INDIANAPOLIS, IN | November 17, 2020
Today, the American Lung Association released the annual “State of Lung Cancer” Report, which reveals that Indiana continues to have some of the highest lung cancer rates in the country. The state also ranks 48th (out of 51) in smoking rates.
The report examines the toll of lung cancer throughout the nation and outlines steps every state can take to better protect its residents from lung cancer. The third annual report finds that more Americans are surviving the disease, as the nationwide five-year lung cancer survival rate of 22.6% reflects a 13% improvement over the past five years.
“While we celebrate that more Americans are surviving lung cancer, too many people are being left behind, and the disease still remains the leading cause of cancer deaths,” said Nick Torres, Advocacy Director for the Lung Association. “Much more can and must be done in Indiana to prevent the disease and support those facing it. Indiana has the lowest cigarette tax in the region, and some of the cheapest tobacco products in the country. Raising tobacco taxes and increasing the price of these products is proven to be the best policy change we can make to lower smoking rates and save lives. To fully realize the potential health benefits of the policy change, lawmakers must also dedicate a portion of this revenue to expand smoking cessation access for those who want to quit.”
Lung cancer is the nation’s leading cause of cancer deaths, and it’s estimated that 5,700 Hoosiers will be diagnosed with this disease in 2020 alone.
Part of the reason that lung cancer is so deadly is because most cases are diagnosed at a later stage, after the disease has spread. Lung cancer screening is the key to catching lung cancer early when the disease is most curable, but only 22.9% of lung cancer cases nationally are diagnosed at an early stage. While this simple screening test has been available since 2015, only 7.2% of those eligible in Indiana have been screened.
“Lung cancer screening is a powerful tool that save lives,” said Torres. “It’s a relatively new test, and we’re only seeing a fraction of those who qualify actually getting screened. We’re pushing for greater awareness of this test to save more lives here in Indiana.”
The "State of Lung Cancer" report finds that the burden of lung cancer varies by state. By better understanding the impact of lung cancer across the nation, efforts and policies can be focused where the needs are greatest. Below are the key findings for Indiana:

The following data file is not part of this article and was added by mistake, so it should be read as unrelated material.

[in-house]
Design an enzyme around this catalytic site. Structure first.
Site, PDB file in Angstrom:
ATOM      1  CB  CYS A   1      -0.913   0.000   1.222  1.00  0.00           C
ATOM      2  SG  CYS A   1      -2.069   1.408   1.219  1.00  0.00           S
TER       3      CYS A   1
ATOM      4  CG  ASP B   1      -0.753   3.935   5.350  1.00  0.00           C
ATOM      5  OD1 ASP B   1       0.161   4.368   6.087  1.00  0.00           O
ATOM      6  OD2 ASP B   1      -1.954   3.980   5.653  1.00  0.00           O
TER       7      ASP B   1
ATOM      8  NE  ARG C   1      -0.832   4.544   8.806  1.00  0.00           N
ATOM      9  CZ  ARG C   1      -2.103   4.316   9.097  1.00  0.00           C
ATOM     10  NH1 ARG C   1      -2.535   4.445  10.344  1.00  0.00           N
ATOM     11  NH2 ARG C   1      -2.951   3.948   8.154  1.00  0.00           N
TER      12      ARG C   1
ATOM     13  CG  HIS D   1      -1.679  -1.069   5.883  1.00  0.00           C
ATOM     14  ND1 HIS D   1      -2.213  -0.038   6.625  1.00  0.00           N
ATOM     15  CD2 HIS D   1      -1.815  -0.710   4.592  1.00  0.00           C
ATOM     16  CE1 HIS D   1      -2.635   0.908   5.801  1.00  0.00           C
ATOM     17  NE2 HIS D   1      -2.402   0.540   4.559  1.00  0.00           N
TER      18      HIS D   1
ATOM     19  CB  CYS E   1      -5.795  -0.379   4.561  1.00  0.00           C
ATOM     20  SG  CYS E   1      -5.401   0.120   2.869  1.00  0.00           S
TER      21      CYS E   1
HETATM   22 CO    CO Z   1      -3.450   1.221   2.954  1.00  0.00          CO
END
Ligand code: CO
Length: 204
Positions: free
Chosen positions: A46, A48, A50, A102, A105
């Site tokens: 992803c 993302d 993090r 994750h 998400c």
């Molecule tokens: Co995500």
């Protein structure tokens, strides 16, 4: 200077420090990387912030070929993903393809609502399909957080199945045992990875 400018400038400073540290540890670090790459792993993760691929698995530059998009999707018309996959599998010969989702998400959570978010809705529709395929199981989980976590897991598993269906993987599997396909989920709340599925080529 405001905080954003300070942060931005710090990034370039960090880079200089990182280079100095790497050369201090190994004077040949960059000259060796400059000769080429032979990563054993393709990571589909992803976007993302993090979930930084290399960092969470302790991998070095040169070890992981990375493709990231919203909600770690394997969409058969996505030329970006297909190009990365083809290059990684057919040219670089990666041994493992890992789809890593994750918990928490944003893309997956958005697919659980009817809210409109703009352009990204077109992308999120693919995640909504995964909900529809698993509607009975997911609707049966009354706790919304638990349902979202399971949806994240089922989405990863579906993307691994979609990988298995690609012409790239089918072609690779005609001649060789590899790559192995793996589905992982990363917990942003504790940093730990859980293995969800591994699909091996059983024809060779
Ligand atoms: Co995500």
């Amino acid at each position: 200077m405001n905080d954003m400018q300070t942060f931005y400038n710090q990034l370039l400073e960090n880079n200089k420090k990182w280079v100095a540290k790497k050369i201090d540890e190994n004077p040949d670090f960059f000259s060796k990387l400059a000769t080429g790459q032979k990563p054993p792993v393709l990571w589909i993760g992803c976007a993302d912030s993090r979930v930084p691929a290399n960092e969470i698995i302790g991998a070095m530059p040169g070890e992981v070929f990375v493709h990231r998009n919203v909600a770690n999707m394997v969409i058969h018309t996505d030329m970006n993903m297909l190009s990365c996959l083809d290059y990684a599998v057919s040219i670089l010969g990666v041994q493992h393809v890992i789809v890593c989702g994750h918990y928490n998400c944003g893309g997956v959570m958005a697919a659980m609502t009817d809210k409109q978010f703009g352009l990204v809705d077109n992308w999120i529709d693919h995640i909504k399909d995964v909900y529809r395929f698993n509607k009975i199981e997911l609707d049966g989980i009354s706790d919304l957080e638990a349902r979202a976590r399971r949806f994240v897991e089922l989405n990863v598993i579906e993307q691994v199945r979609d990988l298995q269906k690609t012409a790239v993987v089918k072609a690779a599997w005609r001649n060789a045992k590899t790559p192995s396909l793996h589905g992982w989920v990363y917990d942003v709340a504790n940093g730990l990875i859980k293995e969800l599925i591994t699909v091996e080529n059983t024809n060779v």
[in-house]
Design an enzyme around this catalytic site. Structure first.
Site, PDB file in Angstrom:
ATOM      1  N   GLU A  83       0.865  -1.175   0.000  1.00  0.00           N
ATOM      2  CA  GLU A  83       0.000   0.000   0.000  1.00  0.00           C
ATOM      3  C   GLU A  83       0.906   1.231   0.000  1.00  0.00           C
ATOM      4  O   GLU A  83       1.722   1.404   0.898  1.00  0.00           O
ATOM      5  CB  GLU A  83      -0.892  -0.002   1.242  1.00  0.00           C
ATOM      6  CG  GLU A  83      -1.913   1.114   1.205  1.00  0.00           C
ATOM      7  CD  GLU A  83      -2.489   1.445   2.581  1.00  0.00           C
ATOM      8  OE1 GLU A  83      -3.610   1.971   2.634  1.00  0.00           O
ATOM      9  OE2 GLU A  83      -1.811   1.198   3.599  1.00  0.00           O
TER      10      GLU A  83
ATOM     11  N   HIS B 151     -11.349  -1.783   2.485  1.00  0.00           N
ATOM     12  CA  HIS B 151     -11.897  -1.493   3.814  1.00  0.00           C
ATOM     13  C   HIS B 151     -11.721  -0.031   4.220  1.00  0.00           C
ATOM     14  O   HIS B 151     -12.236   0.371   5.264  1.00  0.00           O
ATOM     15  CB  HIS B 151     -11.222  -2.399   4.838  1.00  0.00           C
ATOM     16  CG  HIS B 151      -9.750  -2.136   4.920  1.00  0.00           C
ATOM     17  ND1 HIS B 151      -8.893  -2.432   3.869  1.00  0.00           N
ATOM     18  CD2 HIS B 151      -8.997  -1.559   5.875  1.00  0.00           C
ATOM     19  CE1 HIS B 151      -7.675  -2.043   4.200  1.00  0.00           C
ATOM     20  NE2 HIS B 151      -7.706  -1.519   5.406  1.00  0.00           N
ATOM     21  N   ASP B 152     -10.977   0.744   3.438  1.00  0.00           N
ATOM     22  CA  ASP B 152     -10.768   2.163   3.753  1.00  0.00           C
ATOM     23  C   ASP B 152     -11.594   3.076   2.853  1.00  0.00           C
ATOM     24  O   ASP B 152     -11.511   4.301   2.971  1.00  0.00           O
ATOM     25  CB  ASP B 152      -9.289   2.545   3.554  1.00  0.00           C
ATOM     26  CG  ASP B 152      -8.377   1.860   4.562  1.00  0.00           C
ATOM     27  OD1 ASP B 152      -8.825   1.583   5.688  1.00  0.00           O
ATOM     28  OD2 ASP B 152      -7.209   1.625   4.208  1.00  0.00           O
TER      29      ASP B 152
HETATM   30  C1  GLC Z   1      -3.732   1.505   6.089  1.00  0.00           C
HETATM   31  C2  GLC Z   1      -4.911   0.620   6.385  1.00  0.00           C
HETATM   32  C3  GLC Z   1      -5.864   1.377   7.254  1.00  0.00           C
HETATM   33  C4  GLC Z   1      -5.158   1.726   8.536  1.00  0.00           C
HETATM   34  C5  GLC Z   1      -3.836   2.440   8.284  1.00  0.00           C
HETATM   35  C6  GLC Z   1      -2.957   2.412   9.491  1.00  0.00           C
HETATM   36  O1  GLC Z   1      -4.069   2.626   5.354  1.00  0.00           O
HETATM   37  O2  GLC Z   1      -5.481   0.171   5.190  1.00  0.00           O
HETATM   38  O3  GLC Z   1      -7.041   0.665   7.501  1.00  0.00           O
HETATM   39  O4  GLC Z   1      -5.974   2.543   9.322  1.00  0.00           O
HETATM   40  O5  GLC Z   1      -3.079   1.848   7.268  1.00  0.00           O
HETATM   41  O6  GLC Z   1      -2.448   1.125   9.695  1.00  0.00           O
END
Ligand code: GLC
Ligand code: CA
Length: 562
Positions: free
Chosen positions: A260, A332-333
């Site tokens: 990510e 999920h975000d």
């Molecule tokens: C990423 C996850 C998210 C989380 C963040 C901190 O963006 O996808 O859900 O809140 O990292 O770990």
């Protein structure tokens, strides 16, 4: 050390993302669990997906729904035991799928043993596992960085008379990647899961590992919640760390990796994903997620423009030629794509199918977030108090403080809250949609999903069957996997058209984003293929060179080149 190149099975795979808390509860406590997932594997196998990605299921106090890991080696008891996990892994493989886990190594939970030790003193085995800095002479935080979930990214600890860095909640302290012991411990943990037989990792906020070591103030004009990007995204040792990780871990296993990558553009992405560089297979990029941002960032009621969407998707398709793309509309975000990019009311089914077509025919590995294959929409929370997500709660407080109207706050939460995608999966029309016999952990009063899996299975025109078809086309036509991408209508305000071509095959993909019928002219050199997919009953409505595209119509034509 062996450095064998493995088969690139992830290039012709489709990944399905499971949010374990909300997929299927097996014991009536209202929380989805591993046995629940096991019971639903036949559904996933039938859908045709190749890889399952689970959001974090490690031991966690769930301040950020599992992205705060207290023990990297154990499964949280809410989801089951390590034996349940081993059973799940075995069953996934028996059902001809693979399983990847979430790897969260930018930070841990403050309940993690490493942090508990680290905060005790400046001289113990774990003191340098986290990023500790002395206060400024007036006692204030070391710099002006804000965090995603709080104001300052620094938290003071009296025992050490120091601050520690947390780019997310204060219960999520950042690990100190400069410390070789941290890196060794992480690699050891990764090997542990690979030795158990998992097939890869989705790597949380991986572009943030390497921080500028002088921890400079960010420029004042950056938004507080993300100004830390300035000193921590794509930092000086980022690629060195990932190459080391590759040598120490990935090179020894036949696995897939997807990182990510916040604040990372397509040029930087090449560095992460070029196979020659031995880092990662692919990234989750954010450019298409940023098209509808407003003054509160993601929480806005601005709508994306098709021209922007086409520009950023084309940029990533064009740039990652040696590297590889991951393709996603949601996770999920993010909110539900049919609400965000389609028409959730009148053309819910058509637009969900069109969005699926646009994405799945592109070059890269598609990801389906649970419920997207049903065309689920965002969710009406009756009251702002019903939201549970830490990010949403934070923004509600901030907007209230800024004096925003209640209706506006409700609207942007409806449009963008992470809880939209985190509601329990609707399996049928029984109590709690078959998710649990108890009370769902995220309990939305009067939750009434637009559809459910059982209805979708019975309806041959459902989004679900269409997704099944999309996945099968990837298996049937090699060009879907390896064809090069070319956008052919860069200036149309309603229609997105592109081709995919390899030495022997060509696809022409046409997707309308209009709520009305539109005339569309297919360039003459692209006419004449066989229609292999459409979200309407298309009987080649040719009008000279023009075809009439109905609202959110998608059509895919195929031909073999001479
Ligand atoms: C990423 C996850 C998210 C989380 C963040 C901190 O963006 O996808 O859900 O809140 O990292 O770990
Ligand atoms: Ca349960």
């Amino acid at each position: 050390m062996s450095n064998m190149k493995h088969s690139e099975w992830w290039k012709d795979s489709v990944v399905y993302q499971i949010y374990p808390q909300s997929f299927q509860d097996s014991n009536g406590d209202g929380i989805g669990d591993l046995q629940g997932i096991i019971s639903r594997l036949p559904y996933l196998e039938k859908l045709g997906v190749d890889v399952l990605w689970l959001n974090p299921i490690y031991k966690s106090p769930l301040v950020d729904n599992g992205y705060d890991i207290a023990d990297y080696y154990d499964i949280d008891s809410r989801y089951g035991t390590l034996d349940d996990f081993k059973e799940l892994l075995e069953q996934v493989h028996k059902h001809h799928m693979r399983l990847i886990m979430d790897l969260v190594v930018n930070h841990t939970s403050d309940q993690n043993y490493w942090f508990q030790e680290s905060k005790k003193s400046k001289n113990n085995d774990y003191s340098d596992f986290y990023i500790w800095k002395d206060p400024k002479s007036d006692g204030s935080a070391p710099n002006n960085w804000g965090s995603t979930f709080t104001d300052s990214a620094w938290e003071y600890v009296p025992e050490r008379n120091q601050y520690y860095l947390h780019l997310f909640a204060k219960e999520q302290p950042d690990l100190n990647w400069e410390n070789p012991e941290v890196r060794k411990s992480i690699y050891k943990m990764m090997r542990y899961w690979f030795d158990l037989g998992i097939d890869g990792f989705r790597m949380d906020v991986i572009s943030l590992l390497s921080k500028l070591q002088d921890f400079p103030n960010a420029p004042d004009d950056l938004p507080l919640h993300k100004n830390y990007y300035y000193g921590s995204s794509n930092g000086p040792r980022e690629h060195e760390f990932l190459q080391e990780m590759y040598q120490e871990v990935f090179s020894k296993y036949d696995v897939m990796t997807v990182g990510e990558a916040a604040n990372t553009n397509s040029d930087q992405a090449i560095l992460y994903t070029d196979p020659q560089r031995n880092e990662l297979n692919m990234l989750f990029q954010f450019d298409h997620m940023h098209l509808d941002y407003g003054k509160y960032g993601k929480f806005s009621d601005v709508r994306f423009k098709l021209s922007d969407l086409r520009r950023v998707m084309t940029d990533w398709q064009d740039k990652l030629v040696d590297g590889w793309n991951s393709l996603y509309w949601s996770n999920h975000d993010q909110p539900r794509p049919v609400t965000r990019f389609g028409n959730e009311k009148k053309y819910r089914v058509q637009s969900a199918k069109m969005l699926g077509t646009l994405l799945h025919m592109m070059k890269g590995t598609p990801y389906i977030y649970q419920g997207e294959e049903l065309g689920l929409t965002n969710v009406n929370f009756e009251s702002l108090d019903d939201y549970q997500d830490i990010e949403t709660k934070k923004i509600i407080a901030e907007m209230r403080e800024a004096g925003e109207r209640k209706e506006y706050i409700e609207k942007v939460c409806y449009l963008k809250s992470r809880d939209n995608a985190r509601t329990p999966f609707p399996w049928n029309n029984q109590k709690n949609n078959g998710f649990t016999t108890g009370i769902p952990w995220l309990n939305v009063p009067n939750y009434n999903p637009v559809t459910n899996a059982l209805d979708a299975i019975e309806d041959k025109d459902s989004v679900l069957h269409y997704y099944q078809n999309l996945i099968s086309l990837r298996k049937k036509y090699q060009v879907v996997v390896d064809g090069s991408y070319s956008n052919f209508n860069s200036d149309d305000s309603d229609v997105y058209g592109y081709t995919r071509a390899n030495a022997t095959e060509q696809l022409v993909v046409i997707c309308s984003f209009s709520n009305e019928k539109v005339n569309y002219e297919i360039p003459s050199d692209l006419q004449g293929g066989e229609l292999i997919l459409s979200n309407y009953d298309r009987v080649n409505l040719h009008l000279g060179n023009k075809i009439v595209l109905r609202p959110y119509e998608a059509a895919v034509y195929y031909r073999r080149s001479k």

- Incidence: Incidence refers to the number of new cases of lung cancer in each state. On average, the higher prevalence of smoking, the more lung cancer cases in a state. The national lung cancer incidence rate is 58.7. Indiana ranks 46th (out of 51) in lung cancer incidence rate in the nation, at a rate of 72.5 people out of 100,000 people – Below Average.
- Early Diagnosis: Nationally, only 22.9% of cases are diagnosed at an early stage when the survival rate is much higher. Indiana ranks 44th in the nation at 20% – Below Average.
- Surgical Treatment: Lung cancer can often be treated with surgery if it is diagnosed at an early stage and has not spread widely. Nationally, 20.6 % of cases underwent surgery. Indiana ranks 39th in the nation at 17.5% – Below Average.
- Lack of Treatment: There are multiple reasons why patients may not receive treatment. Some of these reasons may be unavoidable, but no one should go untreated because of lack of provider or patient knowledge, stigma associated with lung cancer, fatalism after diagnosis, or cost of treatment. Nationally, about 15.2% of cases receive no treatment. Indiana ranks 19th in the nation at 14.6% – Average.
- Screening and Prevention: Screening for lung cancer with annual low-dose CT scans among those who qualify can reduce the lung cancer death rate by up to 20%. Nationally, only 5.7% of those who qualify were screened. Indiana ranked 22nd with 7.2% – Average.
Learn more about the "State of Lung Cancer" at Lung.org/solc. For media interested in speaking with a lung cancer expert about advances in lung cancer and the "State of Lung Cancer" 2020 report or a lung cancer survivor about their experience, contact James A. Martinez at the American Lung Association at [email protected] or 312-445-2501.
The American Lung Association is the leading organization working to save lives by improving lung health and preventing lung disease through education, advocacy and research. The work of the American Lung Association is focused on four strategic imperatives: to defeat lung cancer; to champion clean air for all; to improve the quality of life for those with lung disease and their families; and to create a tobacco-free future. For more information about the American Lung Association, a holder of the coveted 4-star rating from Charity Navigator and a Gold-Level GuideStar Member, or to support the work it does, call 1-800-LUNGUSA (1-800-586-4872) or visit: Lung.org.
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